4 Multichoice (Proprietary) Limited and Others v National Prosecuting Authority and Another, In re: S v Pistorius, In re Media 24 Limited and Others v Director of Public Prosecutions North Gauteng and Others  ZAGPPHC 37 (Multichoice).
5 South African Broadcasting Corporation Limited v National Director of Public Prosecution, Schabir Shaik and Others  ZACC 15; 2007 (1) SA 523 (CC); 2007 (2) BCLR 167 (CC) (Shaik).at para 97.
6 Section 34 of the Constitution of the Republic of South Africa, 1996 (Constitution).
8 Richmond Newspapers v. Virginia, 448 U.S. 555, 571 (1980).
9 Detroit Free Press v. John Ashcroft, 303 F.3d 681, 683 (2002).
10 Bentham J, Rationale of Judicial Evidence: Specially Applied to English Practice: in Five Volumes, Vol 5 (Hunt and Clarke, London 1827) at 524.
11 City of Cape Town v South African National Roads Authority Limited and Others  ZASCA 58 (Cape Town v SANRAL) at para 12. See also S v Mamabolo  ZACC 17; 2001 (3) SA 409 (CC); 2001 (5) BCLR 449 (CC) at para 29, in which the Constitutional Court held that open justice “seeks to ensure that the citizenry know what is happening. . . so that the people can discuss, endorse, criticise, applaud or castigate the conduct of the courts. . . [It also] promotes impartiality, accessibility and effectiveness, three of the important attributes prescribed for the judiciary by the Constitution”.
12 Financial Mail (Pty) Ltd v Registrar of Insurance and Others 1966 (2) SA 219 (W).
13 Richmond Newspapers above n 8 at 564. The United States Supreme Court in that case went as far as saying that “although great changes in courts and procedure took place [since the 1300’s], one thing remained constant: the public character of the trial at which guilt or innocence was decided.” Id at 566.
14 See for example: Universal Declaration of Human Rights (1948) article 19 (freedom of opinion and expression); and International Covenant on Civil and Political Rights (1976) article 19.2 (freedom of expression).
16 Section 16(1) (Freedom of expression) of the Constitution provides in relevant part that:
“Everyone has the right to freedom of expression, which includes-
See also Khumalo and Others v Holomisa  ZACC 12; 2002 (5) SA 401 (CC); 2002 (8) BCLR 771 (CC) at para 22, in which the Constitutional Court held that “[t]he media are key agents in ensuring that. . . the [public’s] right to receive information and ideas. . . [is] respected”.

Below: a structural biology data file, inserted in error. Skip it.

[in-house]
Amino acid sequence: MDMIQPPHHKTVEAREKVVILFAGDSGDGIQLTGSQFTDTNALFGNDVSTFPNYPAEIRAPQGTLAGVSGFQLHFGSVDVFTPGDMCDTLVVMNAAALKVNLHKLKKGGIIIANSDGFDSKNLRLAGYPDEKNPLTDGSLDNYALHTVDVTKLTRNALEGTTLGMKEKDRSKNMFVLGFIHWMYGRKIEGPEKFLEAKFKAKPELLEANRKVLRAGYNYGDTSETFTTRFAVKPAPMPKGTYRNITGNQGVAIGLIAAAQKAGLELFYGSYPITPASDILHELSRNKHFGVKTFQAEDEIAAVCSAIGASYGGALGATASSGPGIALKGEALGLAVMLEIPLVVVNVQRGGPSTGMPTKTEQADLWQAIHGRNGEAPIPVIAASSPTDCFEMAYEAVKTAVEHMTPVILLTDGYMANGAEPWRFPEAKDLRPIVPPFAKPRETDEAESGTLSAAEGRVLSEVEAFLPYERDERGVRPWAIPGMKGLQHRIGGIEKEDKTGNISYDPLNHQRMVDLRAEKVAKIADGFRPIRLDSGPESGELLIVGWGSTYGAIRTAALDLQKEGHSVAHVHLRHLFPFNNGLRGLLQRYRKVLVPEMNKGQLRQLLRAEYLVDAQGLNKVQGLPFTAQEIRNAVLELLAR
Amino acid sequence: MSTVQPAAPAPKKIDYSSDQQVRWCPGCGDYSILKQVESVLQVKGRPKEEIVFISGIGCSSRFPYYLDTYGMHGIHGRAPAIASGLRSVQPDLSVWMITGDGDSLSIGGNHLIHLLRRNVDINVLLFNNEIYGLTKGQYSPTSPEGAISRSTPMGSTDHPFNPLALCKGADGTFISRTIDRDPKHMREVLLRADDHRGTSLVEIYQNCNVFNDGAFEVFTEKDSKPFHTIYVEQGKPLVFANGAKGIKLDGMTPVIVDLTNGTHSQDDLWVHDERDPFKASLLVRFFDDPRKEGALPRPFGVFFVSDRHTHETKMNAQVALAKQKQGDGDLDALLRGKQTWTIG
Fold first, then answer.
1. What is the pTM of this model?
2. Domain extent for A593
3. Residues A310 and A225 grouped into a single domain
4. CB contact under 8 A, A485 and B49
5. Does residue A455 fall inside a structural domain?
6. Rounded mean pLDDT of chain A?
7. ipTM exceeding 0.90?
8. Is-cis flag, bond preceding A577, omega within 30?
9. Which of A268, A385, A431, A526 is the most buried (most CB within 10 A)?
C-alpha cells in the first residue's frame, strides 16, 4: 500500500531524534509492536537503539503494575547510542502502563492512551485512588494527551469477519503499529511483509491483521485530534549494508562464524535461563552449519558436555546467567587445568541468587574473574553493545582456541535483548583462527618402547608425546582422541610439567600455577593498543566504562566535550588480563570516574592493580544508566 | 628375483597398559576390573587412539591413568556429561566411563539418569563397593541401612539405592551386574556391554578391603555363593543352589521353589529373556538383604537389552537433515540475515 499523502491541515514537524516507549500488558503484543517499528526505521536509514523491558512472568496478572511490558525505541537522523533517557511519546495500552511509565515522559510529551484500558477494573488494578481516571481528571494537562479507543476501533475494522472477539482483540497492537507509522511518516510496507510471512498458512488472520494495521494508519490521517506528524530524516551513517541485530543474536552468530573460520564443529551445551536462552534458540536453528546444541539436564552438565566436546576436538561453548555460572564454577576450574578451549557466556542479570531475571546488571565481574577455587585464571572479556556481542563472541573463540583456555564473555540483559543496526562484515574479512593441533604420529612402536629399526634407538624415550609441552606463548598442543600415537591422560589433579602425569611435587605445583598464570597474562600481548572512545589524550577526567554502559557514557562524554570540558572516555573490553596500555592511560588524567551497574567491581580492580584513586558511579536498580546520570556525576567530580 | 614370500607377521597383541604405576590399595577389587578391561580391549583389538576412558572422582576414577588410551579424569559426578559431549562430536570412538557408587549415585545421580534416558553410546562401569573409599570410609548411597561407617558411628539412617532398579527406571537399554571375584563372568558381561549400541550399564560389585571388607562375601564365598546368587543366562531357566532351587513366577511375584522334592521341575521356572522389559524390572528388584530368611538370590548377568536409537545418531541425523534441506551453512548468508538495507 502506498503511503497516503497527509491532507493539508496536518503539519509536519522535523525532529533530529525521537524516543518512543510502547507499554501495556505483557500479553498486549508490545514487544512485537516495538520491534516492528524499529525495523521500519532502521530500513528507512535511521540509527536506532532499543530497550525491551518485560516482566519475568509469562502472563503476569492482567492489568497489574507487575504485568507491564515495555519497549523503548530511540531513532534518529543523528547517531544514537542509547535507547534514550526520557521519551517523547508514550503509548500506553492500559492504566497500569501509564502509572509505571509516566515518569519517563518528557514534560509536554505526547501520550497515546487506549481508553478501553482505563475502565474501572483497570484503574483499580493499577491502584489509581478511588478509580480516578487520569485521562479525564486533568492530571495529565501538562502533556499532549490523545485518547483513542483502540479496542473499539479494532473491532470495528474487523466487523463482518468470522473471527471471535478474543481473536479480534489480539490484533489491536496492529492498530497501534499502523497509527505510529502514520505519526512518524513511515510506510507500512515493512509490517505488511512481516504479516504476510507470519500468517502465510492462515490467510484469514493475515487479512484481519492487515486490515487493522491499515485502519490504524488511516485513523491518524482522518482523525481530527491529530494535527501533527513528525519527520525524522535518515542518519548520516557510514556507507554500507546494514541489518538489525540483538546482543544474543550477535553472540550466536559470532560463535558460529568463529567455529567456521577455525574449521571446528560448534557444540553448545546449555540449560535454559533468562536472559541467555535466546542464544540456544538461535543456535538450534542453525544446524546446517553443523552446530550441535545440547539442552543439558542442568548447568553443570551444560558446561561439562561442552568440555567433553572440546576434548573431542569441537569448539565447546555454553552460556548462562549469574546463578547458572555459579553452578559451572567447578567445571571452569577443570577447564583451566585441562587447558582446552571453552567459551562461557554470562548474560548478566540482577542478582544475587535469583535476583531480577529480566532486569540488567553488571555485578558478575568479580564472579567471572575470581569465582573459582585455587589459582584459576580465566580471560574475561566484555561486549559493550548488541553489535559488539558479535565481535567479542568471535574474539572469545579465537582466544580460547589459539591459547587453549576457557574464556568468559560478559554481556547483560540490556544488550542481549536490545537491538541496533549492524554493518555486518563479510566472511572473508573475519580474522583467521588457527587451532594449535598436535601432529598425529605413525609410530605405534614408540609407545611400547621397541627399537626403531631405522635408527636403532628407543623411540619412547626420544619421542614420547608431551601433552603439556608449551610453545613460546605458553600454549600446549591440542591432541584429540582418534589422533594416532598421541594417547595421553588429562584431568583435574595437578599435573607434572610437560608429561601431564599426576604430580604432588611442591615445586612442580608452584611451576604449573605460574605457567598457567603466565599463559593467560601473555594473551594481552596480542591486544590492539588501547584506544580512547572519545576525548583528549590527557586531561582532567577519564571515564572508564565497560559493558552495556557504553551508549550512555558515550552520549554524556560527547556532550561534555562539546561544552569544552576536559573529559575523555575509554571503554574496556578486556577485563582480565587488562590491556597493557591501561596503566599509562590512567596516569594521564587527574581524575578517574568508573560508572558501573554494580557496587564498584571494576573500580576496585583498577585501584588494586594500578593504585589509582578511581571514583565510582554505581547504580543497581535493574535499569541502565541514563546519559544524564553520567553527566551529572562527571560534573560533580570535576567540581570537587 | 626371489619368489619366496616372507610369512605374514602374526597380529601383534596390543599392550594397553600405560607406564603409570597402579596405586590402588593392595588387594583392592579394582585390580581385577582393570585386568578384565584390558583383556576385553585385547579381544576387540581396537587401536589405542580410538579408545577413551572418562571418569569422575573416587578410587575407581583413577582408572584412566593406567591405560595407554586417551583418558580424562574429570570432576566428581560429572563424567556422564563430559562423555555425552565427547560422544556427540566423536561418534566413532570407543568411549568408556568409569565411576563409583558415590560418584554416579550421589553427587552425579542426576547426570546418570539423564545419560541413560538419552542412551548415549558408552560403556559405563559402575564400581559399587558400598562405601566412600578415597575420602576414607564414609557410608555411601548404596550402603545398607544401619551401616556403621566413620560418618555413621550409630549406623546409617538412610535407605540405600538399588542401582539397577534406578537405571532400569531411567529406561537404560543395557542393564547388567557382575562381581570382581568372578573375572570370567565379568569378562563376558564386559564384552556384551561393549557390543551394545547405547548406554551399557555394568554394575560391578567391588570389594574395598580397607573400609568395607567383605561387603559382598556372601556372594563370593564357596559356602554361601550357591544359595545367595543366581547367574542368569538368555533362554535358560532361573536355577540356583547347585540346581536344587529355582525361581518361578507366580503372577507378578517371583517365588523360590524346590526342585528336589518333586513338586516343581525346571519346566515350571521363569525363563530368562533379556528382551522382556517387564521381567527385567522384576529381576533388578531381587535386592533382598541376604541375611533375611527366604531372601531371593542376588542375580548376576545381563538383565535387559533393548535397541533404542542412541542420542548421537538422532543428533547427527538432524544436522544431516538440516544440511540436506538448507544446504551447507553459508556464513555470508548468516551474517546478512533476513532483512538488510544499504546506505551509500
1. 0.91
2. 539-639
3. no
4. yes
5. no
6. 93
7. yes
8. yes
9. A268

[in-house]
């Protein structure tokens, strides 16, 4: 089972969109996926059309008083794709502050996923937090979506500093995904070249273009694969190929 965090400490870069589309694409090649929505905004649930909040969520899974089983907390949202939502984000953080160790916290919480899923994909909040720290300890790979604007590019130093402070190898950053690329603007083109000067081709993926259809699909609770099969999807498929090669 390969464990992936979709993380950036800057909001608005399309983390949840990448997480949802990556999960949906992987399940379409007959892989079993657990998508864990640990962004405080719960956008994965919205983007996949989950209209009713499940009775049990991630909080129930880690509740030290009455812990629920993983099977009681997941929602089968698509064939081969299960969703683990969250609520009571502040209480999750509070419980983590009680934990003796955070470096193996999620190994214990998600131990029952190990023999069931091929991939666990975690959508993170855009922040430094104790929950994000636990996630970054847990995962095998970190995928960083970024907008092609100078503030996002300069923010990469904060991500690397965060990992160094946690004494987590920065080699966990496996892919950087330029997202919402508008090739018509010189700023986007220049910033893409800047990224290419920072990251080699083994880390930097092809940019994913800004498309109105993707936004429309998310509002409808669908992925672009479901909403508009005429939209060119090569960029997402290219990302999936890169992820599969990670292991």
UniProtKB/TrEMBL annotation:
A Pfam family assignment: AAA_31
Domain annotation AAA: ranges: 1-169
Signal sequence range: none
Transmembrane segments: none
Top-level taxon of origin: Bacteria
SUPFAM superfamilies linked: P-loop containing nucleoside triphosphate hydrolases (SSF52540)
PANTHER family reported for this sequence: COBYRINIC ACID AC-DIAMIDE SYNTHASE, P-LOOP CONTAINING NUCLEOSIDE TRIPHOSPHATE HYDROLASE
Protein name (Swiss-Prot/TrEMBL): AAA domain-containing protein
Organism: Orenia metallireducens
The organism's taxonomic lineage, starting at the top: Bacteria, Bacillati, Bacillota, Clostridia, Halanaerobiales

17 Section 35(3)(c) (right to a public trial) of the Constitution provides that:
“Every accused person has a right to a fair trial, which includes the right. . . to a public trial before an ordinary court”. (Emphasis added.)
18 Section 34 of the Constitution (Access to Courts) provides:
“Everyone has the right to have any dispute that can be resolved by the application of law decided in a fair public hearing before a court or, where appropriate, another independent and impartial tribunal or forum.” (Emphasis added.)
19 83 of 1967, particularly section 6.
20 Dugard J, Human Rights and the South African Legal Order (Princeton University Press, Princeton 1978) at 136.
21 Shaik above n 5.
22 Id at para 135.
23 Id at para 97.
24 Id at para 33.
25 Id at para 32.
26 See for example Independent Newspapers (Pty) Ltd v Minister for Intelligence Services (Freedom of Expression Institute as Amicus Curiae) In re: Masetlha v President of the Republic of South Africa and Another  ZACC 6; 2008 (5) SA 31 (CC); 2008 (8) BCLR 771 (CC) at para 41.
27 S v Pistorius  ZAGPPHC 793.
28 S v Pistorius  ZAGPPHC 924.
29 Multichoice above n 4 at para 18, citing Midi Television (Pty) Ltd v Director of Public Prosecutions (Western Cape)  ZASCA 56;  3 All SA 318 (SCA) (Midi Television) at para 9.
30 Id at para 15, citing South African Broadcasting Corporation Ltd v Downer NO and Shaik  ZASCA 90 at paras 14-5.
31 Id at para 6, citing South African National Defence Union v Minister of Defence and Another  ZACC 7; 1999 (4) SA 469 (CC); 1999 (6) BCLR 615 (CC) at para 7.